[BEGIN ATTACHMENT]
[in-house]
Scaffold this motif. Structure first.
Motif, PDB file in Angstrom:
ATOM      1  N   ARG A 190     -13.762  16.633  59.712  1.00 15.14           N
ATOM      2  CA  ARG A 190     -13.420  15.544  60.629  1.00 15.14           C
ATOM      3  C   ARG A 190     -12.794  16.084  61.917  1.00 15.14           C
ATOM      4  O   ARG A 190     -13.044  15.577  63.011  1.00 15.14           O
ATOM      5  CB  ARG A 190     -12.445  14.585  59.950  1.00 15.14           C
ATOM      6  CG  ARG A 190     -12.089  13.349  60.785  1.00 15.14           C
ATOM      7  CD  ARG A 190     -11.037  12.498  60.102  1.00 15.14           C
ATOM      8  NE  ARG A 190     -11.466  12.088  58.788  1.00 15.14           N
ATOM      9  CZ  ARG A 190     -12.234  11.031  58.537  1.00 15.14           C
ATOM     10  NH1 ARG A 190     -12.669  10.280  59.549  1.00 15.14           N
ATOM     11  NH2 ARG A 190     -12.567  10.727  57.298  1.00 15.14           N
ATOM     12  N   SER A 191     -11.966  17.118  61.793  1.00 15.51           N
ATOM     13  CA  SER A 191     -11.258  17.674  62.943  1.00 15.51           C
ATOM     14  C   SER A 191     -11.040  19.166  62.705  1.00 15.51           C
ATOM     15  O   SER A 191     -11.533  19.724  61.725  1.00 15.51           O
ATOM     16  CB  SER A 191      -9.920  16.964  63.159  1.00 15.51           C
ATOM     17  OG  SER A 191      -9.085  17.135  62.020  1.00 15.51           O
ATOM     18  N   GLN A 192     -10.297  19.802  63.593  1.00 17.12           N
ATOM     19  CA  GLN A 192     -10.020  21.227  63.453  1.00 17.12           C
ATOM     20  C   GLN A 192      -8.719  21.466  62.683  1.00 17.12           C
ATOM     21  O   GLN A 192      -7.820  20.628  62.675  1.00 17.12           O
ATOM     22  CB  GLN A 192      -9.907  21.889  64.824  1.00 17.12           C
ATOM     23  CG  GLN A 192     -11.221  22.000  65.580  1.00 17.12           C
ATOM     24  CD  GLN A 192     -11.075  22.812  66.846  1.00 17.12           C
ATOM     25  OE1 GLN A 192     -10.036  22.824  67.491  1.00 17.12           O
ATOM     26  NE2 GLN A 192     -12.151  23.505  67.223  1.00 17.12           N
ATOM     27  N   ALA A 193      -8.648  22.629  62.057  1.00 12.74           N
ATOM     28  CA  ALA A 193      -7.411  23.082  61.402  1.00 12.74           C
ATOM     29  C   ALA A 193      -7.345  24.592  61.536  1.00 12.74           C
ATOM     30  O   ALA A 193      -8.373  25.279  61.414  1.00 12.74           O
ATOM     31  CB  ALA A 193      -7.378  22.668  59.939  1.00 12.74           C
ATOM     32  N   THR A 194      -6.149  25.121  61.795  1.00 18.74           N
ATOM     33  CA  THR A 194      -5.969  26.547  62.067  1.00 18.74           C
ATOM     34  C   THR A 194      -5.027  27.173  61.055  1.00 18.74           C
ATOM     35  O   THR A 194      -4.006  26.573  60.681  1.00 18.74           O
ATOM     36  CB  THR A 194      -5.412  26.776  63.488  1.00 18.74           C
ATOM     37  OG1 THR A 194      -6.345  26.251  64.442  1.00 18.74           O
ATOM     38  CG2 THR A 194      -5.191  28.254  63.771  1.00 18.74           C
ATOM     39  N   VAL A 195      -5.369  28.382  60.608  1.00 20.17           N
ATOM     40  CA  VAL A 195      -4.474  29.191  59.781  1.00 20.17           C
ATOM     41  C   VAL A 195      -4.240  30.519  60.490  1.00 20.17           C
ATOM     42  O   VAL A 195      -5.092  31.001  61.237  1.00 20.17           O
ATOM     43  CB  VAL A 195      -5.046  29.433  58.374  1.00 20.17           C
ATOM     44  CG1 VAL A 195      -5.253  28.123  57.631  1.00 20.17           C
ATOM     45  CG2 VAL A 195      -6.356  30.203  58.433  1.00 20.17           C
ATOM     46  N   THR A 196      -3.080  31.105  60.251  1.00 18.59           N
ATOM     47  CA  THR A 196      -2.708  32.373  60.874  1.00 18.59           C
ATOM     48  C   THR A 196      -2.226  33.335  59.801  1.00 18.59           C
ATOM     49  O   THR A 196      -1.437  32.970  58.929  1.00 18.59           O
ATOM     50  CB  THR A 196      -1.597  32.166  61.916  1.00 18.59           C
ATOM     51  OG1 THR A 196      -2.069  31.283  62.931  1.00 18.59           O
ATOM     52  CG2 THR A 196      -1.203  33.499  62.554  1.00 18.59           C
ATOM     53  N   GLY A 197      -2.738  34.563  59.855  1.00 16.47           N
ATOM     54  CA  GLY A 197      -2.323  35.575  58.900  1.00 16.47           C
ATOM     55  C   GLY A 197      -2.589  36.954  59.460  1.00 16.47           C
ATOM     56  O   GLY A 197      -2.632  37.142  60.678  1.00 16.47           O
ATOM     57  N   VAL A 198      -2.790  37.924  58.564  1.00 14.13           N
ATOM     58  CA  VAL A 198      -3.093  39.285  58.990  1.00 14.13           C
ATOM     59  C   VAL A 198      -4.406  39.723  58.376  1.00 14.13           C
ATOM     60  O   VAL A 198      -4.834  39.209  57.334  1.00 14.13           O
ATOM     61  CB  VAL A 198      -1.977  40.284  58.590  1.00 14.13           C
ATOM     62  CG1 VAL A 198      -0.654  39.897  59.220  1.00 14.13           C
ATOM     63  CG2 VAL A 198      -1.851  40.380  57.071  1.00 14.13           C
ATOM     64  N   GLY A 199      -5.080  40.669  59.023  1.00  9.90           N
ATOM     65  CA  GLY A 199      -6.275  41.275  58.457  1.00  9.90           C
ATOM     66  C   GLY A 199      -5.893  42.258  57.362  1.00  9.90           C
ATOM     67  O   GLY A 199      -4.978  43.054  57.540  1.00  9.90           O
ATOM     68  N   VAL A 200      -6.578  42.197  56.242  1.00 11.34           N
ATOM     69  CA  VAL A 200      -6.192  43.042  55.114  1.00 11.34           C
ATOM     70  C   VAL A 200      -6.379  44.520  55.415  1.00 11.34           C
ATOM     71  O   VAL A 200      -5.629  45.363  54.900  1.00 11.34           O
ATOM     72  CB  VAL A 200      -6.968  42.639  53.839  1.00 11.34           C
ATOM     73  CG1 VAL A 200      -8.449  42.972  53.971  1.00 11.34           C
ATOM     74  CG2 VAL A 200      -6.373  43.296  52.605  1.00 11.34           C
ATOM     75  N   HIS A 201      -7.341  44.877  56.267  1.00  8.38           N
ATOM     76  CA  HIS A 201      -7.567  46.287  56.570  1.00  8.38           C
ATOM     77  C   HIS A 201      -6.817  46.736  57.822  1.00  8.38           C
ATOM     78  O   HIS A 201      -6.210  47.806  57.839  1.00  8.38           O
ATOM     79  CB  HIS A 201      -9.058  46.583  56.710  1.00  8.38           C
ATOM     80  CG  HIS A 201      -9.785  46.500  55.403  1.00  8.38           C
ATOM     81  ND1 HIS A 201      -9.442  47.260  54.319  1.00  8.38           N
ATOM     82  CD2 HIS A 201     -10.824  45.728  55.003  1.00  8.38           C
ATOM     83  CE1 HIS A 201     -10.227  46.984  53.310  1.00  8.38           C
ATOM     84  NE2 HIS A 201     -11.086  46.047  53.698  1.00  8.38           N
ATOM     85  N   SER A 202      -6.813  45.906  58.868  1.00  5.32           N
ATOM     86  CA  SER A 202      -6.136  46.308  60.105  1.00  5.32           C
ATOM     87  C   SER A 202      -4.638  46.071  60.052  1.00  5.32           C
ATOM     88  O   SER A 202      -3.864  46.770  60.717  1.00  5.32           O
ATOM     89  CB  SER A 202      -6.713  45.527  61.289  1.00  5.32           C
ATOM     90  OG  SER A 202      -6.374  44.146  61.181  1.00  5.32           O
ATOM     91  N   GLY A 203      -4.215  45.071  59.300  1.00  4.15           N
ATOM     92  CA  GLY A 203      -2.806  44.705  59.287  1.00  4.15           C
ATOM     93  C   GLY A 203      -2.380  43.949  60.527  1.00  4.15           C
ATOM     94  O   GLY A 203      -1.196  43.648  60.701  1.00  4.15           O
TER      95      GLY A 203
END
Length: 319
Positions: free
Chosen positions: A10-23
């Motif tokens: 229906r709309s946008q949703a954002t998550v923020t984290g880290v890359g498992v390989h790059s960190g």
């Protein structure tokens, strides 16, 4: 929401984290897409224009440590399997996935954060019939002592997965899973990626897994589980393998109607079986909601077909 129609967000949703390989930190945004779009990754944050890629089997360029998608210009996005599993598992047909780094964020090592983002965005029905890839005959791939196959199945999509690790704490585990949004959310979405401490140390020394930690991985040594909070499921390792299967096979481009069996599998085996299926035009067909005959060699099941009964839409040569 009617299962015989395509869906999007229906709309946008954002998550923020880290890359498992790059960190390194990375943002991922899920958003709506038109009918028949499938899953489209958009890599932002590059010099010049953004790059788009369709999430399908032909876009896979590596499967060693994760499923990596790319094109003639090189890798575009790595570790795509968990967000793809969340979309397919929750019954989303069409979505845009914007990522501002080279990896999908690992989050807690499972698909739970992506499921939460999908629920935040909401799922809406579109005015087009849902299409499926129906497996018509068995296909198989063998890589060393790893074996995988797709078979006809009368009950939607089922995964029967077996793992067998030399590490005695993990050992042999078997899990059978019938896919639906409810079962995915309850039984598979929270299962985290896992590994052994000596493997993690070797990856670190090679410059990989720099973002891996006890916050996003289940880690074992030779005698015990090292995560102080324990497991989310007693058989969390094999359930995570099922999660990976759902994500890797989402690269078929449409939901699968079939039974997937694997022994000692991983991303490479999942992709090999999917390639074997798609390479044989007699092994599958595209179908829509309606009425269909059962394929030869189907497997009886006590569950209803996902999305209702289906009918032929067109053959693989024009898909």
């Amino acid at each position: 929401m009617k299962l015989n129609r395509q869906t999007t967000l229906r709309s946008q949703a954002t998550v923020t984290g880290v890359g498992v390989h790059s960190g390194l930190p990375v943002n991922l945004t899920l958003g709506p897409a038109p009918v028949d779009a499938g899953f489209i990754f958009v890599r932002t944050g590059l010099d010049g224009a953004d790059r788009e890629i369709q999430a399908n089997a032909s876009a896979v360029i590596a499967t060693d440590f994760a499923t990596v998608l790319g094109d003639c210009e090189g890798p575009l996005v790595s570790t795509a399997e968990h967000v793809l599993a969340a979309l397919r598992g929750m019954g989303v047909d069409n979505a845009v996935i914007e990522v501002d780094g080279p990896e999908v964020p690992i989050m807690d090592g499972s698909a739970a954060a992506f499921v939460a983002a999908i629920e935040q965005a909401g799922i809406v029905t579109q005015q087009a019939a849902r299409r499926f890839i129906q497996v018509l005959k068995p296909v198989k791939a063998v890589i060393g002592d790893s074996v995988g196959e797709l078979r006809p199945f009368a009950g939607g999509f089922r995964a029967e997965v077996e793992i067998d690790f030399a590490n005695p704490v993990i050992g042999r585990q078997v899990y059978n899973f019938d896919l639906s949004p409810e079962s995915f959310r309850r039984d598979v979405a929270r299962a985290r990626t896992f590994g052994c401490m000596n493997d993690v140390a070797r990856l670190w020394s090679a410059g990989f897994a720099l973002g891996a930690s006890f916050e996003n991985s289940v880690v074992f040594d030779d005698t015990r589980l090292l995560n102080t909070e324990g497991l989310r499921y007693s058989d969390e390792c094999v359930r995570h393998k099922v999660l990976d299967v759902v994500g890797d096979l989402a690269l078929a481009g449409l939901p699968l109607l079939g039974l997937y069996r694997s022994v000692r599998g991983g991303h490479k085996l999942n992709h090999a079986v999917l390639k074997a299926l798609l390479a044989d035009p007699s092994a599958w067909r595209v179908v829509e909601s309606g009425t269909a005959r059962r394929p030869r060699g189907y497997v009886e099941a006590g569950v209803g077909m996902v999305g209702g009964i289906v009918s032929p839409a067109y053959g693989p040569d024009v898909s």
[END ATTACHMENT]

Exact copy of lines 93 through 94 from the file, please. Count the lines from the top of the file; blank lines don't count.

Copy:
ATOM     90  OG  SER A 202      -6.374  44.146  61.181  1.00  5.32           O
ATOM     91  N   GLY A 203      -4.215  45.071  59.300  1.00  4.15           N